Schmoozin’ (or not)

skijumpOh, c’mon, it’ll be fun! And it was fun. But. It was a usability association event and my boss wanted to go and all of us on the team are association members but most of us turn into pumpkins not too long after the work day ends, so dragging us out at night is not easy. I shouldn’t really speak for the others on my team but we’re known as the geriatric group so you can just figger. A couple of us replied that we would be up for it as a group, i.e., none of this solo stuff. When you attend something like that alone, you have to schmooze and we all are not particularly crazy about schmoozing. I’m not sure it bothers the boss but he is a rather singular person (don’t ask). But yaknow, we are all computer-type people. We sit in nice clean, quiet cubicles and read and write code and very very specific specifications for how web pages, et al, should will work. I mean, we can blather on about what we’re doing at great length. The problem is, who the heck would want to hear about it? And the *rest* of my life — including my employment history — is just so weird, I never know where the heck to start!

So each one of us, all on our own, managed to arrive “fashionably” late. You know. To minimize the schmoozing time before the presentation. And wouldn’t you know? Of all people, *I*, yer own favo-rite blahgger, ended up schmoozing a bit. With a very talented young woman that I once did a school project with and a couple other people. And I managed to avoid another er, not-so-talented young woman that I managed to avoid doing school projects with.

I will have to figger out some schmoozing strategies. Maybe it’s just that we’re *all* standing around looking awkward. It’s easiest for me to talk to strangers when I am *doing* something. Besides looking awkwardly around and twiddling my thumbs, that is. If I can do something constructive with my camera and/or laptop and/or iPhone or whatever, I have a role and I can either watch silently from my geeky little perch or engage anyone with questions about me without me having to be the center of focus. Er, not that most of the people at tonight’s event don’t have similar types of technology available to them… Or difficulties with schmoozing… Or… Hmm, maybe we need to redesign these events to make them more, well, you know, usable. Organize things so that people interact without having to work at it. How… I’m thinking and I am not thinking about those darn ice-breaker games. Those don’t work for those of us who just want to be *home* in the evening. At least not for me.

Do y’all like to schmooze? Or not? If you do, what are your strategies? If you don’t, well, how do you manage these events? Or are you a natural?

3 Responses to “Schmoozin’ (or not)”

  1. Margaret Says:

    I don’t necessarily like to schmooze; situations with people just standing around awkwardly make me uncomfortable. HOWEVER, everyone tells me that I’m very good at it; 29 years of teaching make me conversational, I guess. I try to get people talking about themselves, whatever they’re interested in. I hunt for common ground and put in my two cents worth when appropriate. I make little quips or sarcastic comments and laugh at myself. It seems to work pretty well, mostly. But it is hard work at times–I feel very anti-social after work after a day of dealing with constant people. I’m OK when I’m on stage in the classroom, but I don’t do many social events in the evenings. (too weary)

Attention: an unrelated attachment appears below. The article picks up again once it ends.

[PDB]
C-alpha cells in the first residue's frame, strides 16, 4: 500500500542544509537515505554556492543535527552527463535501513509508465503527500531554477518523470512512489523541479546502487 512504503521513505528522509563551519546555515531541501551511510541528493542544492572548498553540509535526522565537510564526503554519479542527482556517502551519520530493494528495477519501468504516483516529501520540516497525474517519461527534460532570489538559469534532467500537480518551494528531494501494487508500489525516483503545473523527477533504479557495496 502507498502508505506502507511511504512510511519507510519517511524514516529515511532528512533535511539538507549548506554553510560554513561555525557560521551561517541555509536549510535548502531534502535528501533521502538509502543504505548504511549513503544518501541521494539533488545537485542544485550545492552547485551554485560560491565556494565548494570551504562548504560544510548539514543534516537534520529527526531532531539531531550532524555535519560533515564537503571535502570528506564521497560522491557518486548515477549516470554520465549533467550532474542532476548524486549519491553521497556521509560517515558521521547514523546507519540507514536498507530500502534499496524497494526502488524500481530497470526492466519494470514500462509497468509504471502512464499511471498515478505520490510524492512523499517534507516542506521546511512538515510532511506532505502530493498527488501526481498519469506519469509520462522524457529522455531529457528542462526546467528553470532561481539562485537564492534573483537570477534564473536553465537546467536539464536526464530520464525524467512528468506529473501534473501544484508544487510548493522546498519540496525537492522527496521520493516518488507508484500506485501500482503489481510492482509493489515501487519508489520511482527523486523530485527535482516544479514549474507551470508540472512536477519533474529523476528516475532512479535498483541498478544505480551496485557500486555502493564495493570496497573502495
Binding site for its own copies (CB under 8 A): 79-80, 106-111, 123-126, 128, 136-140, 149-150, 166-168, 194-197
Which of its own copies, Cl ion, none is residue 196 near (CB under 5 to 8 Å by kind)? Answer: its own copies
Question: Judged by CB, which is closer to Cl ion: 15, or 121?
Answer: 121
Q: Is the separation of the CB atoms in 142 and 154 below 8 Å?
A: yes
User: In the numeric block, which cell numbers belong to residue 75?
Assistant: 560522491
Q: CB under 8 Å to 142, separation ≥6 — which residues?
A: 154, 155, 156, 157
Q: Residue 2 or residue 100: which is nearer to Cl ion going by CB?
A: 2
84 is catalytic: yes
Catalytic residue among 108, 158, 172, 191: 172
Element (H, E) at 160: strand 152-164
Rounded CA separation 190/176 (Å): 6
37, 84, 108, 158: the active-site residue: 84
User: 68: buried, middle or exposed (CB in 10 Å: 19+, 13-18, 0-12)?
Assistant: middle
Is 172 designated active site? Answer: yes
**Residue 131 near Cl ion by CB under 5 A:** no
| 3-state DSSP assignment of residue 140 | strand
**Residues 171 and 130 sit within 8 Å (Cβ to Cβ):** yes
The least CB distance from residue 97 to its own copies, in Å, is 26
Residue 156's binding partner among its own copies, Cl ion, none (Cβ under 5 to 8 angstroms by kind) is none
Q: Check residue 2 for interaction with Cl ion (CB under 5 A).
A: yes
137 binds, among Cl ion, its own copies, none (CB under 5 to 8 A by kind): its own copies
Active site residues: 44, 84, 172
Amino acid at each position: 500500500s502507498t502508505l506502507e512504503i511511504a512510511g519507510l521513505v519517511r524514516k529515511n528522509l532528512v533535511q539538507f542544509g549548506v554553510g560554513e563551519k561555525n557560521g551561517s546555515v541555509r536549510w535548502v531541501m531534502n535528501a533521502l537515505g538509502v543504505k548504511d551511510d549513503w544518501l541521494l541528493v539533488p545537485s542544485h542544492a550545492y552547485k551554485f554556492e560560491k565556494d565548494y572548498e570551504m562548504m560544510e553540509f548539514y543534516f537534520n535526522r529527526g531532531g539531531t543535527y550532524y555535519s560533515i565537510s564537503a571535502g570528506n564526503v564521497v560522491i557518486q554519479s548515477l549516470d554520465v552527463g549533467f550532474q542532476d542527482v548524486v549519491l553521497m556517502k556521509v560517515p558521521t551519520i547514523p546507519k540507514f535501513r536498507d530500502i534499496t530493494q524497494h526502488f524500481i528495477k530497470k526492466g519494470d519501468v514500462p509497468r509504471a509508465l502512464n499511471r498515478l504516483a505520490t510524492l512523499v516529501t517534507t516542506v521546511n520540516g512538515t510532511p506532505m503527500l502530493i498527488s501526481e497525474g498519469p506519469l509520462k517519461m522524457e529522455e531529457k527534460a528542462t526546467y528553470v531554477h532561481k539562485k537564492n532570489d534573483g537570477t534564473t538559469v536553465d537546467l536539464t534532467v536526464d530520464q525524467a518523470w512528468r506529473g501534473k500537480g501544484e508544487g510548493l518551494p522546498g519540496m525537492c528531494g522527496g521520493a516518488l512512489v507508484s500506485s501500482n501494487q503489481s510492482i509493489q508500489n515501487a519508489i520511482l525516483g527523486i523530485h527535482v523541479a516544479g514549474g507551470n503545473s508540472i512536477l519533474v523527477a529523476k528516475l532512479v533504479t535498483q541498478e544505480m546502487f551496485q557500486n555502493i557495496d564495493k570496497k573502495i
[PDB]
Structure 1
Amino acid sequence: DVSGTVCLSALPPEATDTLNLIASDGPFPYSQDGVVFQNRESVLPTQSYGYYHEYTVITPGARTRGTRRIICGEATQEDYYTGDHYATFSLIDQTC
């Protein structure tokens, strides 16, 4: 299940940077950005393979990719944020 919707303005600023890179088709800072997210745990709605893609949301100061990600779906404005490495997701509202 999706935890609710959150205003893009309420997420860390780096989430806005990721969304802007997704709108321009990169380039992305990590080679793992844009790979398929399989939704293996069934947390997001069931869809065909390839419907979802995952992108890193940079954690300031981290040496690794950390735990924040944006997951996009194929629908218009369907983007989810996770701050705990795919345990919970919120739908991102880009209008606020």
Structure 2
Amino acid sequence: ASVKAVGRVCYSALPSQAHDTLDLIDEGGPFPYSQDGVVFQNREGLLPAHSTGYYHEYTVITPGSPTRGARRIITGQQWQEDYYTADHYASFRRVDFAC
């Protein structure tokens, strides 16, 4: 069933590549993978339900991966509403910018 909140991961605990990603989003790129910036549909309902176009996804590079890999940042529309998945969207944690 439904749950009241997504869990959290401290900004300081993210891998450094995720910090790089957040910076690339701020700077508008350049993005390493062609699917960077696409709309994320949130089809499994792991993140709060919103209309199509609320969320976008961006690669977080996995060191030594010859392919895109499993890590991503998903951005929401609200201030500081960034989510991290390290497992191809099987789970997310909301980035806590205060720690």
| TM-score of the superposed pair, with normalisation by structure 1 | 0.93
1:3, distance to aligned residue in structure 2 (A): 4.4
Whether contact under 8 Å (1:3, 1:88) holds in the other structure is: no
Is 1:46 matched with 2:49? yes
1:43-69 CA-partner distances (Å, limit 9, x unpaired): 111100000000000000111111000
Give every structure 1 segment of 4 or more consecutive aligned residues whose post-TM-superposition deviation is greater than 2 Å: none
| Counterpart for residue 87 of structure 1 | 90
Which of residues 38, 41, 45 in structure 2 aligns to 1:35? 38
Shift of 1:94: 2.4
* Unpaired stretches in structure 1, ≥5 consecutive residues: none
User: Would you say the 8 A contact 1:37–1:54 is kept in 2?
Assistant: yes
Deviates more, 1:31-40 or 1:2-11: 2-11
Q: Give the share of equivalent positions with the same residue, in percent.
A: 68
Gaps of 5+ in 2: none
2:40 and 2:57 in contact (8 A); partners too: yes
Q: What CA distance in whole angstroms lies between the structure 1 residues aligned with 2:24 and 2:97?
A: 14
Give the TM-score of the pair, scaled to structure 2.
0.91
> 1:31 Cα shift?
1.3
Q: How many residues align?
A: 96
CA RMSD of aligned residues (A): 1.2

2. Jay Says:

    I am not really good at small talk, and find that I lean on my significant other, who is, or end up talking to one person for a long time (and then feel that they probably want to escape).

  3. Dog Mom Says:

    Hm. I find that I can do pretty well at “phone-schmoozing”, but that’s always for limited periods of time and generally consists of inanities. Lately, there’ve been questions about how business has been going (!), which means finding diplomatic ways of stating “we’ve been quoting out the wazoo, but no one’s ordering anything”. Especially with GM with one foot on the proverbial banana peel and the other in the grave – that means that their Weld Tool Center just up the street – our biggest customer – which just laid off approx 1/3 of its workforce may not be our biggest customer for too much longer. Which then adds more strain to the garden-variety phone-schmoozing…

    Like Margaret, I try to find something in what my customer says that i can glom onto and let THEM do the talking. Sometimes, just making the other person feel like The Most Important Person in the Room while s/he is in your presence is enough to get THEM on a roll so all you have to do is play the “supporting role”. I guess that’s how I’ve managed to get a few customers to *ask* for ME (of all people) when they call! And it’s been totally unintentional!!! (Am I complaining? Absolutely NOT! 8) ).